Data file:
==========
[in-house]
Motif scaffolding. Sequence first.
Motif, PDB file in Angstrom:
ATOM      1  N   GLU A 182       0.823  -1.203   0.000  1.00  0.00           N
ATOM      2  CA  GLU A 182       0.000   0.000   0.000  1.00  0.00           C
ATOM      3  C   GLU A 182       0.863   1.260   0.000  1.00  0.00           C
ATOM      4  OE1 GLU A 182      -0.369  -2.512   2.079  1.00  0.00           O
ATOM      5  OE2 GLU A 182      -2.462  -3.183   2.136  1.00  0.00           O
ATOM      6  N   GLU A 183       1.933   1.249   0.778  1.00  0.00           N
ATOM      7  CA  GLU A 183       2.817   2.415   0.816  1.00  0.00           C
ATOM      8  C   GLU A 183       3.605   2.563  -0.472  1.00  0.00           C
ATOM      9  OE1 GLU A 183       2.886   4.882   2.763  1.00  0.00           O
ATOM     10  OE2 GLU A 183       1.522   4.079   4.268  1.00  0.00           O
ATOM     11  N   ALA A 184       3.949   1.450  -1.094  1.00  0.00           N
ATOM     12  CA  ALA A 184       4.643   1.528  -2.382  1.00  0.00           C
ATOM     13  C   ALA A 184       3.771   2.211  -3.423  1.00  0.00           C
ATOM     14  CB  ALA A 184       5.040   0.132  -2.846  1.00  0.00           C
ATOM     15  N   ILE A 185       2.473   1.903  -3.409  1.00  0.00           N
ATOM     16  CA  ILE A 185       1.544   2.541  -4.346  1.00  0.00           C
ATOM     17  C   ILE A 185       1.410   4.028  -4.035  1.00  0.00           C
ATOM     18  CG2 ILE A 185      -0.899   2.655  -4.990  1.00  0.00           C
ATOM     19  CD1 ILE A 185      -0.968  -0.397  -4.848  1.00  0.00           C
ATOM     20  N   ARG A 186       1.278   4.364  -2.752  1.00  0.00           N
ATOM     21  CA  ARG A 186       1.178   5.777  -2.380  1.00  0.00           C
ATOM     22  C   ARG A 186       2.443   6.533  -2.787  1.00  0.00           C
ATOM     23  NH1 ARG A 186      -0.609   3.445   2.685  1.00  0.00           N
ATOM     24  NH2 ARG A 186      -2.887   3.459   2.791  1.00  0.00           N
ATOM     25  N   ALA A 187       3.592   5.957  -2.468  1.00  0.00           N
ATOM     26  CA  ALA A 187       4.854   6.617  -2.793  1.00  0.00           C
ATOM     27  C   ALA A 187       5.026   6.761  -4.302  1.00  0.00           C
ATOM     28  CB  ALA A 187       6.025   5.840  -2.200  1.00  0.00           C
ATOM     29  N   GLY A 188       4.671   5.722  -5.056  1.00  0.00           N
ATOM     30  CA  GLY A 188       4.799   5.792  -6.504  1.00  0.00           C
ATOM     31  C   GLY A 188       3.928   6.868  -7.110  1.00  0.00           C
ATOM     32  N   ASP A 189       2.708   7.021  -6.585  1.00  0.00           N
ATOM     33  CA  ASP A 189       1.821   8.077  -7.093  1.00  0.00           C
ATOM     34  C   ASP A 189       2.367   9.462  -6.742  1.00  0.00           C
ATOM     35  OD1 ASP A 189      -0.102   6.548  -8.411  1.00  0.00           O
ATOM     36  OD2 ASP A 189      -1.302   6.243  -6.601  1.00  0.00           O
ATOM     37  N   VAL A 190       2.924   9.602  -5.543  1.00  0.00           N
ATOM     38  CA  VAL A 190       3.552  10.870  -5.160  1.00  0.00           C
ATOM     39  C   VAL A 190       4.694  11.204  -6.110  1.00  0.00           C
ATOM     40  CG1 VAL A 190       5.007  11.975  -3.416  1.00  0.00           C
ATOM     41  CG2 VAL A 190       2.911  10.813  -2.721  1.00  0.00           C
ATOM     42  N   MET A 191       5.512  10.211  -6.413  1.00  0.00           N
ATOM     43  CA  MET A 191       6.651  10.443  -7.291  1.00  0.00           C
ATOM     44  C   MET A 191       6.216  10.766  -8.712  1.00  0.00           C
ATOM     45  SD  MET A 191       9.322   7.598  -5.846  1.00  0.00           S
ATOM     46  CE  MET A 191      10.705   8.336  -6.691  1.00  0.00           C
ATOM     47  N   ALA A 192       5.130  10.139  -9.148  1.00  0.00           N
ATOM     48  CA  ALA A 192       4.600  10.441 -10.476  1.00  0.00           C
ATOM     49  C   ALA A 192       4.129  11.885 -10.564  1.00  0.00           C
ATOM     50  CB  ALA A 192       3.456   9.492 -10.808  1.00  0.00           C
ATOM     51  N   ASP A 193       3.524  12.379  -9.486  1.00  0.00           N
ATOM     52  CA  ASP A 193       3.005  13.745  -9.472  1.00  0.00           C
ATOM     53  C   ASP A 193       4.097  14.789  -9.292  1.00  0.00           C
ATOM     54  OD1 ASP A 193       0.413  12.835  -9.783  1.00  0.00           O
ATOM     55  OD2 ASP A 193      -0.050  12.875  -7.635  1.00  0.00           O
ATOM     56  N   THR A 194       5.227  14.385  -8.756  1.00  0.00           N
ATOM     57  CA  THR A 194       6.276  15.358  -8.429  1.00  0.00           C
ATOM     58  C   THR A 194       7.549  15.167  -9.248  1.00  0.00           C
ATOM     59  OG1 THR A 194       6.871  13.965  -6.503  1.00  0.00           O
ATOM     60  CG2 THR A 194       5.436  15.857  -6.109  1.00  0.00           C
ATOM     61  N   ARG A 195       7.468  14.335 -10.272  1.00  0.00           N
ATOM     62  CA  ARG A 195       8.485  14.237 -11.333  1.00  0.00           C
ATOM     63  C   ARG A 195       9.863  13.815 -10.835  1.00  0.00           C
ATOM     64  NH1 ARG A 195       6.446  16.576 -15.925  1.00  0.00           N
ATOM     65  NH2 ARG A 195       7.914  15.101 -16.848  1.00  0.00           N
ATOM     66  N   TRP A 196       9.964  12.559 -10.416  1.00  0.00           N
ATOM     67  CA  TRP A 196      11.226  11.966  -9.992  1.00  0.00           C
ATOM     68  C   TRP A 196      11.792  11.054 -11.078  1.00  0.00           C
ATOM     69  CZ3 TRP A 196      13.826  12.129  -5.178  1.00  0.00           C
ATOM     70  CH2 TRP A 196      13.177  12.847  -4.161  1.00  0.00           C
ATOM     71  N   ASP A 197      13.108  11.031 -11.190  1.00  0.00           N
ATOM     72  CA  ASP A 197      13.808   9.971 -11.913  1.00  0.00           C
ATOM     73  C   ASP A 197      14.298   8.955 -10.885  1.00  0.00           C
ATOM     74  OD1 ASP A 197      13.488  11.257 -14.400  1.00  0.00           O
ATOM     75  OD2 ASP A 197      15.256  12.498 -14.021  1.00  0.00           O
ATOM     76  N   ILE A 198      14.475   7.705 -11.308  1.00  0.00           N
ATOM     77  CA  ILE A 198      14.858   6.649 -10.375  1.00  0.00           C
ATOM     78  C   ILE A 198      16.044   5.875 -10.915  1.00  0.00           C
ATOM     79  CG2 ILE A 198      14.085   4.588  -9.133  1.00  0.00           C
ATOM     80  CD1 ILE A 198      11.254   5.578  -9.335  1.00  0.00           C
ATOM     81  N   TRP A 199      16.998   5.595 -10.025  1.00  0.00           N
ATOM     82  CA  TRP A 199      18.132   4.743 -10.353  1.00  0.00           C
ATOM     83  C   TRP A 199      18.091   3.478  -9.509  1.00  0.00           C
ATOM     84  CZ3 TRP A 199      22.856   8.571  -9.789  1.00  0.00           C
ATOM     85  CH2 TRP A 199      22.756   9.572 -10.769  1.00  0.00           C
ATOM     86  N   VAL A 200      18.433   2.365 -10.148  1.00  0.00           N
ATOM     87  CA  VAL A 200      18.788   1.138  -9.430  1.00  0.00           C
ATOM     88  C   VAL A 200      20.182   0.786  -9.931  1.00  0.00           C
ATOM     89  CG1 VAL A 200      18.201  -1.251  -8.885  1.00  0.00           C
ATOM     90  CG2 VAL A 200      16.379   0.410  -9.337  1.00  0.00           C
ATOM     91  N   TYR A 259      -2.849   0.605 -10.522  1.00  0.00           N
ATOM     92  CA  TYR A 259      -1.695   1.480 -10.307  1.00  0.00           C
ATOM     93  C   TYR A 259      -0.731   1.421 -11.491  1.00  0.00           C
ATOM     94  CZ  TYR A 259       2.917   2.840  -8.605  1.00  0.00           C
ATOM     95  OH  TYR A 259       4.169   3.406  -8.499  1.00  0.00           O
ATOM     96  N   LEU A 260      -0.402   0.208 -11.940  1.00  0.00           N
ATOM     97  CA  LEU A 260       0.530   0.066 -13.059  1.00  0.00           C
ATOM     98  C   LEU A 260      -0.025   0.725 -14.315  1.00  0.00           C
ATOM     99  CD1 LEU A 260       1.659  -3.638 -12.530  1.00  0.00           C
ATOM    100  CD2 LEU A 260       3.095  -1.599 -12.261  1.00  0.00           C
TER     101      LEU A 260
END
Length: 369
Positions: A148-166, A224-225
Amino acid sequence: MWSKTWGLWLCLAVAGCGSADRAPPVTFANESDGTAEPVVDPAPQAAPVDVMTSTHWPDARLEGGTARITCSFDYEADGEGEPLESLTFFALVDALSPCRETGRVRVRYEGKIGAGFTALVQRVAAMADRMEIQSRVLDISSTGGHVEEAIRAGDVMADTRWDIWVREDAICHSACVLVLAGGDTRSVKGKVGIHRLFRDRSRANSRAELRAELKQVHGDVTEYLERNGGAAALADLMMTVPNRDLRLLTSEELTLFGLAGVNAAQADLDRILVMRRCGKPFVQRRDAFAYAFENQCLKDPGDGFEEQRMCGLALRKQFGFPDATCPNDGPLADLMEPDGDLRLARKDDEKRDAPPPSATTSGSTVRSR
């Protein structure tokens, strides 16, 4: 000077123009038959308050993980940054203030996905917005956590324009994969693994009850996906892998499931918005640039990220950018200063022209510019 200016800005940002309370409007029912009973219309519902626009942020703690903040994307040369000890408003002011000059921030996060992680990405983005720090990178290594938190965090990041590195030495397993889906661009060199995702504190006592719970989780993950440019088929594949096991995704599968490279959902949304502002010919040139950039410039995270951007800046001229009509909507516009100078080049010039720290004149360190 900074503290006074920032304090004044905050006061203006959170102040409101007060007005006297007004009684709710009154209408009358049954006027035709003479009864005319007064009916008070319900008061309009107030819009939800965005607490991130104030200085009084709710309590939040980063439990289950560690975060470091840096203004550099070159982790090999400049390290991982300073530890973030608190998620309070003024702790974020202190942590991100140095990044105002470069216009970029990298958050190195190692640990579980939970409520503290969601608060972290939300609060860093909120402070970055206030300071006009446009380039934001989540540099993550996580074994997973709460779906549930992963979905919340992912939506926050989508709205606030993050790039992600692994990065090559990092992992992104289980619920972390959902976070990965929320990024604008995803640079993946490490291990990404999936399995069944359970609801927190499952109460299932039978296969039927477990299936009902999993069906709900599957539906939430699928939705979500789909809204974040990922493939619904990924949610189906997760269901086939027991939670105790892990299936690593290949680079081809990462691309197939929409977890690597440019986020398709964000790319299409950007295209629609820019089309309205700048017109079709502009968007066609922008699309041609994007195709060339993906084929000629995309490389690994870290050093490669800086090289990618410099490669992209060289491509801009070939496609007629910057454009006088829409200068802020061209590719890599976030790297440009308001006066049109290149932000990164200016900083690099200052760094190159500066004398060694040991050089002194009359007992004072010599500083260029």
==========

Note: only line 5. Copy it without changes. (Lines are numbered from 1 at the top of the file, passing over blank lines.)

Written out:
ATOM      2  CA  GLU A 182       0.000   0.000   0.000  1.00  0.00           C